William Steele, from Ayr, faced a particular problem after being diagnosed with breast cancer: People didn’t believe him. “One of the abiding themes of having breast cancer and being a man was the amazement of so many people when I told them,” he says. “It was as if I were something different to all other men.

“This took its toll, particularly when trying to explain my circumstances to my colleagues or friends – it wasn’t easy.”

In fact around 390 men in the UK are diagnosed with breast cancer every year, although it is around 100 times less common in men than in women.

Mr Steele, who is 63, says this was only the start of the mental pressure his illness put on him. “I was affected by anxiety at various stages of my cancer, including pre- and post-diagnosis”. The sense of isolation is hard to understand for those who have not been through it, he explains.

“After treatment was over, I did feel, strangely, a certain loss when I didn’t have to go to hospitals and doctors so often. Once your cancer treatment finishes, everything finishes – you feel lost and abandoned.”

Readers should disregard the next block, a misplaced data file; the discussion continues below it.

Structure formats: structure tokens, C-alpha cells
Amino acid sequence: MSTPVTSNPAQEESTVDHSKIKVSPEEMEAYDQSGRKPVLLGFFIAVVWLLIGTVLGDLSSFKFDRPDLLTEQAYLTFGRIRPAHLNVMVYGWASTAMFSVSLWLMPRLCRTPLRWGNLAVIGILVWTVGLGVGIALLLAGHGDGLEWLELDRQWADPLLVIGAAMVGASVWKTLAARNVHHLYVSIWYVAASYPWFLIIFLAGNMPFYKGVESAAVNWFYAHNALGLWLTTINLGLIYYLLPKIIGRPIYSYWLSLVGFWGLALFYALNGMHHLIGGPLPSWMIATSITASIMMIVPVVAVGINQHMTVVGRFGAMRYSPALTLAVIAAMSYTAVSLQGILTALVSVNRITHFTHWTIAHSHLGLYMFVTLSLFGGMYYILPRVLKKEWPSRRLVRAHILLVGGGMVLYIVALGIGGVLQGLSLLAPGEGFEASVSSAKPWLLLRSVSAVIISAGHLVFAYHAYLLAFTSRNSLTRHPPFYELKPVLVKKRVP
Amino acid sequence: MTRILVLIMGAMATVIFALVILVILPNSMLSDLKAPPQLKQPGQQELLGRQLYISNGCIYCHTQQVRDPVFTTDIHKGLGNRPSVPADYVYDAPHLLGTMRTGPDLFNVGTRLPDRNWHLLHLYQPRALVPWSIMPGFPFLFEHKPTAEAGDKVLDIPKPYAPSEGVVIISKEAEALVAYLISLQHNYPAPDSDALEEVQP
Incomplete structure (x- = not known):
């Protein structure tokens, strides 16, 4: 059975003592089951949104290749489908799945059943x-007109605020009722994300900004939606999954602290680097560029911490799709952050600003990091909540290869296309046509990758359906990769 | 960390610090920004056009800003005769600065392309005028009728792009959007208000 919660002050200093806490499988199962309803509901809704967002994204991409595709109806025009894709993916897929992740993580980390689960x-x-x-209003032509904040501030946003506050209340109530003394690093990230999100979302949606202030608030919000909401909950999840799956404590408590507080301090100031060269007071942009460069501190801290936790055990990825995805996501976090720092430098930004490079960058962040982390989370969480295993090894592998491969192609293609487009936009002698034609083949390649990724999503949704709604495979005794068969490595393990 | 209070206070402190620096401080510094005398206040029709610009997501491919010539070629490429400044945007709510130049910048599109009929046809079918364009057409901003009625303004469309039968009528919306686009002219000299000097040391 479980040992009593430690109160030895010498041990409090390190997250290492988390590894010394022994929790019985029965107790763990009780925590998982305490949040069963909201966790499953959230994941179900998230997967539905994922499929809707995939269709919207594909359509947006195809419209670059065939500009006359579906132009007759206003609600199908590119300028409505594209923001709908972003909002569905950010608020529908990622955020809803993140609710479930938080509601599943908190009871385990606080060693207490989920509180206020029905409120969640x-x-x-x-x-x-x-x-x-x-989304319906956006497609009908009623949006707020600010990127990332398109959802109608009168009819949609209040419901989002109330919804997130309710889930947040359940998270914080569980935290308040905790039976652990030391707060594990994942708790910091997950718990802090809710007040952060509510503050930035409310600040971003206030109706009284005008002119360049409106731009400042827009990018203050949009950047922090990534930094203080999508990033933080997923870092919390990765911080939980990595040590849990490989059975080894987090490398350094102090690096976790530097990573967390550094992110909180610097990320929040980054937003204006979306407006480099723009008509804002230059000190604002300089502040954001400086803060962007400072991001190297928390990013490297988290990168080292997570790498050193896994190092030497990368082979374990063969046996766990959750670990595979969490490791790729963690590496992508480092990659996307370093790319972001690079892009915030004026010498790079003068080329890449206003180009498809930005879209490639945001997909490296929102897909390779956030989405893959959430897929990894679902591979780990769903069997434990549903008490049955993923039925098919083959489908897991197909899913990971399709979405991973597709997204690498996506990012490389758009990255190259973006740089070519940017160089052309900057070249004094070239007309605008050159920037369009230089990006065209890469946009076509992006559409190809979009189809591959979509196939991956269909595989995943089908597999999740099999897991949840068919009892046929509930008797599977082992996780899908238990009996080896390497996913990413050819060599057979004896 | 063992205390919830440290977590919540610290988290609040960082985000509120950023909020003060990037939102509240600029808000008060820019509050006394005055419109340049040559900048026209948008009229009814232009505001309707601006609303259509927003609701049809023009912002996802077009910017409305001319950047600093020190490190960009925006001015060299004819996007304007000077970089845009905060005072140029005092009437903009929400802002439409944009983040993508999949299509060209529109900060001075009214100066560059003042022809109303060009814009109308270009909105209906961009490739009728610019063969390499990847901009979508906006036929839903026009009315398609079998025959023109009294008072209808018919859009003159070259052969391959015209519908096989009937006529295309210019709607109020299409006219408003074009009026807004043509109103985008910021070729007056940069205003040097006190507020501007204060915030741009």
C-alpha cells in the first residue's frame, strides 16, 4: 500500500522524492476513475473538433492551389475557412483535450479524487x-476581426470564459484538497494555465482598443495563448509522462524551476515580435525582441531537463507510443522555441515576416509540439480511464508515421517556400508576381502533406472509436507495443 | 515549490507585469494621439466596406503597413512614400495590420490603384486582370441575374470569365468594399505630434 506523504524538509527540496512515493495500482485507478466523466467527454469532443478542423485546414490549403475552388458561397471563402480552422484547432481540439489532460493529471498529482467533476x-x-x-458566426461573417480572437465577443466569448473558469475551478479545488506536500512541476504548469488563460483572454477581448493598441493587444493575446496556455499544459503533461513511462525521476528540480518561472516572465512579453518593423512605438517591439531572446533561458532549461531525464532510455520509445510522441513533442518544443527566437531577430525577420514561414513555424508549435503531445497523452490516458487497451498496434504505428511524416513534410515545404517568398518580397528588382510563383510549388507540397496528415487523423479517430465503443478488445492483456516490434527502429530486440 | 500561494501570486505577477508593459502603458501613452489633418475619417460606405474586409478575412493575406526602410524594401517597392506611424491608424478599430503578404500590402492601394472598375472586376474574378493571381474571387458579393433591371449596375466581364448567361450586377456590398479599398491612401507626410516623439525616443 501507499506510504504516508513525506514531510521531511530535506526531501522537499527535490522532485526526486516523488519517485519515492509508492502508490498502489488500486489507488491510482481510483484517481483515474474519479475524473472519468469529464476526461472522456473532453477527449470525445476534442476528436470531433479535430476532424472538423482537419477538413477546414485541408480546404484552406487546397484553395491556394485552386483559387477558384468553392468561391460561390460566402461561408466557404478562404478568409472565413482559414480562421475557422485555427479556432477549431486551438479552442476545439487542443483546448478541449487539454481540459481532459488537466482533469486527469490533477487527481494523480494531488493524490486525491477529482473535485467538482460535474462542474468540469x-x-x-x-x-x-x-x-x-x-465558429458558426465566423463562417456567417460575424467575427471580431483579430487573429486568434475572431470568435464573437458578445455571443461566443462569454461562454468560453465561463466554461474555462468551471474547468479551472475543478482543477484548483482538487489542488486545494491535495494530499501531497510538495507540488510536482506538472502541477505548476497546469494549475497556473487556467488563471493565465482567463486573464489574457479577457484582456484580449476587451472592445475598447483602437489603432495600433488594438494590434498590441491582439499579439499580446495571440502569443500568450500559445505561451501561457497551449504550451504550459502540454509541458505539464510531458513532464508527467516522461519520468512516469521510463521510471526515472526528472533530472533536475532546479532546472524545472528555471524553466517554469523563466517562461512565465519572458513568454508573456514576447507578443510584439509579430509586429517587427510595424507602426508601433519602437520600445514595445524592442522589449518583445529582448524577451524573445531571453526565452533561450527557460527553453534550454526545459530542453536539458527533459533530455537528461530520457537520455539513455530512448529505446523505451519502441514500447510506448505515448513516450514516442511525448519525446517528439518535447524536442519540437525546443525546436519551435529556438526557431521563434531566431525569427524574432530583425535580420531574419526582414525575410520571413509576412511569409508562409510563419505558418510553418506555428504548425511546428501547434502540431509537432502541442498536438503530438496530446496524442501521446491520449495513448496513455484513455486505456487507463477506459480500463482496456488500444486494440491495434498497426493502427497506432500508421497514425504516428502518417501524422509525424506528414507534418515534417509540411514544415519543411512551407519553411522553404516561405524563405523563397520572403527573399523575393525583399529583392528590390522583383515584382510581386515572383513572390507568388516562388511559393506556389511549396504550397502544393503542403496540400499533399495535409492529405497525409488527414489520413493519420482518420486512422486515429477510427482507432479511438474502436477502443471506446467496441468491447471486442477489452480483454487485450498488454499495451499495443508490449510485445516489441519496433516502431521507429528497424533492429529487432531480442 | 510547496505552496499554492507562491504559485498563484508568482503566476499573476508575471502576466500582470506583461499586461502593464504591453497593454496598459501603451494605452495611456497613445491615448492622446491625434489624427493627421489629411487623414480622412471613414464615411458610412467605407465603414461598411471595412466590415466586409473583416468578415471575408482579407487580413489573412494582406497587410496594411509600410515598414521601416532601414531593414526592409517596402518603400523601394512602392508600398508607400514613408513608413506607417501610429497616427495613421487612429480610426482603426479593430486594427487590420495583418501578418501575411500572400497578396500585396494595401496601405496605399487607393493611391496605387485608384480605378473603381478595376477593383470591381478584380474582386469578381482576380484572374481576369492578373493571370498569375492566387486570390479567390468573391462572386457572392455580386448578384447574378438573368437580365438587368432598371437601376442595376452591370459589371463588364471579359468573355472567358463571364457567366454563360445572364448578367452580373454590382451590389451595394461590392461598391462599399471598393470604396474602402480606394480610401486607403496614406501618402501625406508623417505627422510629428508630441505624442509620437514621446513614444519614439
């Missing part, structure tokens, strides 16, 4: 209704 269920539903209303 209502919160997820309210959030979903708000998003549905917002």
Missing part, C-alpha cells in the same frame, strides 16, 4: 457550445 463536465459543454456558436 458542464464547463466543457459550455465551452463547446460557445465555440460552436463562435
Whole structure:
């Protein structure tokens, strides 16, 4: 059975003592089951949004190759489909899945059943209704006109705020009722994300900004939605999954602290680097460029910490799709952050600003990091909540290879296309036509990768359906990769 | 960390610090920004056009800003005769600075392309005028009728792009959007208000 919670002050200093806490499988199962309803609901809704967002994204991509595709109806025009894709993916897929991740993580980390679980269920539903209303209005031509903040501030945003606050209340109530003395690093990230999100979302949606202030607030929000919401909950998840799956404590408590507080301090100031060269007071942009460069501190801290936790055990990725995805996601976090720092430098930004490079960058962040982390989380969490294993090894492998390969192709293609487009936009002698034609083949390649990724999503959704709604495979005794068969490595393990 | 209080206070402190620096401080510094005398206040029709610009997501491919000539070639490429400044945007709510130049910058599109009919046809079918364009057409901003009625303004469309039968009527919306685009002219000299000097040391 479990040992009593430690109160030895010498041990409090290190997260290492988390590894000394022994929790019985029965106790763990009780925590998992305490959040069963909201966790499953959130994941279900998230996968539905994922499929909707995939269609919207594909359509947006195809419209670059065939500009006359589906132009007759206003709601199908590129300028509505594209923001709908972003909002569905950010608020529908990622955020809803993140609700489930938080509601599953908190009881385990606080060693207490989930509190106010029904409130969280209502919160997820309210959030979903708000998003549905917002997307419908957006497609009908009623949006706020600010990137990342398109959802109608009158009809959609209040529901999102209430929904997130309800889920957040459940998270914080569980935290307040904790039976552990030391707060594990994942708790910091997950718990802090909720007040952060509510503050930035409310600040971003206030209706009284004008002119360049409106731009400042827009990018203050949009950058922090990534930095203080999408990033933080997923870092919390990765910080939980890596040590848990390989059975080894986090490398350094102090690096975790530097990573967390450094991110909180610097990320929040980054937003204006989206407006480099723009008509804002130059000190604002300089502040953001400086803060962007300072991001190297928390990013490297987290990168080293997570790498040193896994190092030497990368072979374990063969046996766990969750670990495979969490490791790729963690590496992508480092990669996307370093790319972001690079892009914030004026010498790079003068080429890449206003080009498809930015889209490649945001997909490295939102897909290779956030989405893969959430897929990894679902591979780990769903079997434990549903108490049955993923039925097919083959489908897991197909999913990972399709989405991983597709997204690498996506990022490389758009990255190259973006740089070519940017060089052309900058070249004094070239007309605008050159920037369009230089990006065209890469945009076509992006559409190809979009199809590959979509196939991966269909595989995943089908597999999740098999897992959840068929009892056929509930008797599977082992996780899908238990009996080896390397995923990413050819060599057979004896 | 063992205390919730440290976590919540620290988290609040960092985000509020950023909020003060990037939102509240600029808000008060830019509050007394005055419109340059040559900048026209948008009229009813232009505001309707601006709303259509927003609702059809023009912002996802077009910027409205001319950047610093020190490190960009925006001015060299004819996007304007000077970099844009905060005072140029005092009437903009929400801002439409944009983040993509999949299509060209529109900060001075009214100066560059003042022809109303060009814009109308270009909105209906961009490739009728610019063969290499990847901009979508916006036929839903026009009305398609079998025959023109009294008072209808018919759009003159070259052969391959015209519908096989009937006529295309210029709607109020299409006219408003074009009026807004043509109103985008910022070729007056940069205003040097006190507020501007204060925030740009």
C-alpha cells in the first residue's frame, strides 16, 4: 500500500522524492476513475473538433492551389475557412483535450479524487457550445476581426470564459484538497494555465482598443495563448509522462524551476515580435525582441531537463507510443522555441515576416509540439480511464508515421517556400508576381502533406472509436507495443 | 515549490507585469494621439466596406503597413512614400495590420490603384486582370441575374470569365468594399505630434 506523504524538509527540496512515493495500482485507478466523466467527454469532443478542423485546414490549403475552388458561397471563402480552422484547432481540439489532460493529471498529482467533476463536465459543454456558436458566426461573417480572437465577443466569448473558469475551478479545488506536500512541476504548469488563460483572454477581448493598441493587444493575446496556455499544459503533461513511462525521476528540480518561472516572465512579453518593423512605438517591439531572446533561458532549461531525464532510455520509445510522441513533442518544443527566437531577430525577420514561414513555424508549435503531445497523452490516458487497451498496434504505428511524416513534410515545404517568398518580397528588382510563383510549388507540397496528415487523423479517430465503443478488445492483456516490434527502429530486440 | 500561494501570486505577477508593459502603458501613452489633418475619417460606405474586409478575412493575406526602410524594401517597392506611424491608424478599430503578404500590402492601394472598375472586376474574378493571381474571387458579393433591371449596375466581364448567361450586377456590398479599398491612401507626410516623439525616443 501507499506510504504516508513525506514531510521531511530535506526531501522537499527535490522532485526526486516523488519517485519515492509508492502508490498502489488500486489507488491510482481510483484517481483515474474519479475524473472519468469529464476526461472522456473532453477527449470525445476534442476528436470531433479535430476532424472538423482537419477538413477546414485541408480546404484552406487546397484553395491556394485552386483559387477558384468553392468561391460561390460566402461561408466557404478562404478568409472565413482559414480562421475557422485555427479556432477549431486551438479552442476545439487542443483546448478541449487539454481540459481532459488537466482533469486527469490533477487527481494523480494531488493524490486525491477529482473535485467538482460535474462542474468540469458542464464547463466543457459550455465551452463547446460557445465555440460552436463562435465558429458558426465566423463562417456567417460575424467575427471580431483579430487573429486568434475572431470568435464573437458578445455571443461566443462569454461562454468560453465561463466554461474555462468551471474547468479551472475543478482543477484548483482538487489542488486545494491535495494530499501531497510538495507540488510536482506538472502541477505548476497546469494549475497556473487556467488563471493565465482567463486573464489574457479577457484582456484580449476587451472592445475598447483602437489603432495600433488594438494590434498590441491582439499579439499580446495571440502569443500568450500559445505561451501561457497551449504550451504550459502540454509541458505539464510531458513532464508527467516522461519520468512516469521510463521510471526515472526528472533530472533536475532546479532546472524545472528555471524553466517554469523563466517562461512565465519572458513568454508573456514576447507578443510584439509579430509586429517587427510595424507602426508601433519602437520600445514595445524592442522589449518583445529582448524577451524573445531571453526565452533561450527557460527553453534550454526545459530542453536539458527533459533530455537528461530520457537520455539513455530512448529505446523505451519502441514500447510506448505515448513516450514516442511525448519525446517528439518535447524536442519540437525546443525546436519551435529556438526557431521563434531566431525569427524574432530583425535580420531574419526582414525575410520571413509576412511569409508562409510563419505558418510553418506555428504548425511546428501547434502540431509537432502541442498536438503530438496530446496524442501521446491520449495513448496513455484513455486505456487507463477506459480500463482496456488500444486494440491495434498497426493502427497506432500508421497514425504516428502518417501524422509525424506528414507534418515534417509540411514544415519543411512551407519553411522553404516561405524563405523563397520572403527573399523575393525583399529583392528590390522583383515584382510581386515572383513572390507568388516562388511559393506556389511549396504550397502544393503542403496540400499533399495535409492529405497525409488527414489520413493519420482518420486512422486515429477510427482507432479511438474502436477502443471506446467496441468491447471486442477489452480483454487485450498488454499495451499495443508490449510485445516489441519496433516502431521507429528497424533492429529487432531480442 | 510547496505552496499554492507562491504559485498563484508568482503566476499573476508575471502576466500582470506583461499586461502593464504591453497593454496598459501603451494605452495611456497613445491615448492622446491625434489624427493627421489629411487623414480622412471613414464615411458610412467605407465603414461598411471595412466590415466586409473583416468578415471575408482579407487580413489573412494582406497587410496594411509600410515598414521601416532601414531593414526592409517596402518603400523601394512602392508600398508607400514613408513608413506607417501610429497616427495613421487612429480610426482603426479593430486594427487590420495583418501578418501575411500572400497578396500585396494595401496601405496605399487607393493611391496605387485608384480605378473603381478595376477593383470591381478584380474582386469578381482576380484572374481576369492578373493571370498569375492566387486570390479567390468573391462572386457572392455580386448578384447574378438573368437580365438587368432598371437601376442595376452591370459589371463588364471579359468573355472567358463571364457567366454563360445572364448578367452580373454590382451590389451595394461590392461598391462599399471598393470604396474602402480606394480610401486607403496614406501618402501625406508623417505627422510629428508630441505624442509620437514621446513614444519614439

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Half of all the patients spoken to by the Mental Health Foundation said they recognised the “false summit” effect of completing treatment only to suffer emotional problems afterwards. “The consequences of the treatment were horrific,” Mr Steele says. “Many people assume that once the cancer is treated things go back to what they were. But many people live with the consequences of the treatment which are sometimes huge.”

Although he got help coping with the emotional impact, that was only because he sought it out. “One-to-one counselling services provided by a local charity certainly did help to overcome the trauma that I had been through but I had to access that service myself. Only years later was I offered access to psychologists in Ayrshire and Arran.

“People have different emotional support needs at different times and we need to do more to help people at every stage of cancer”.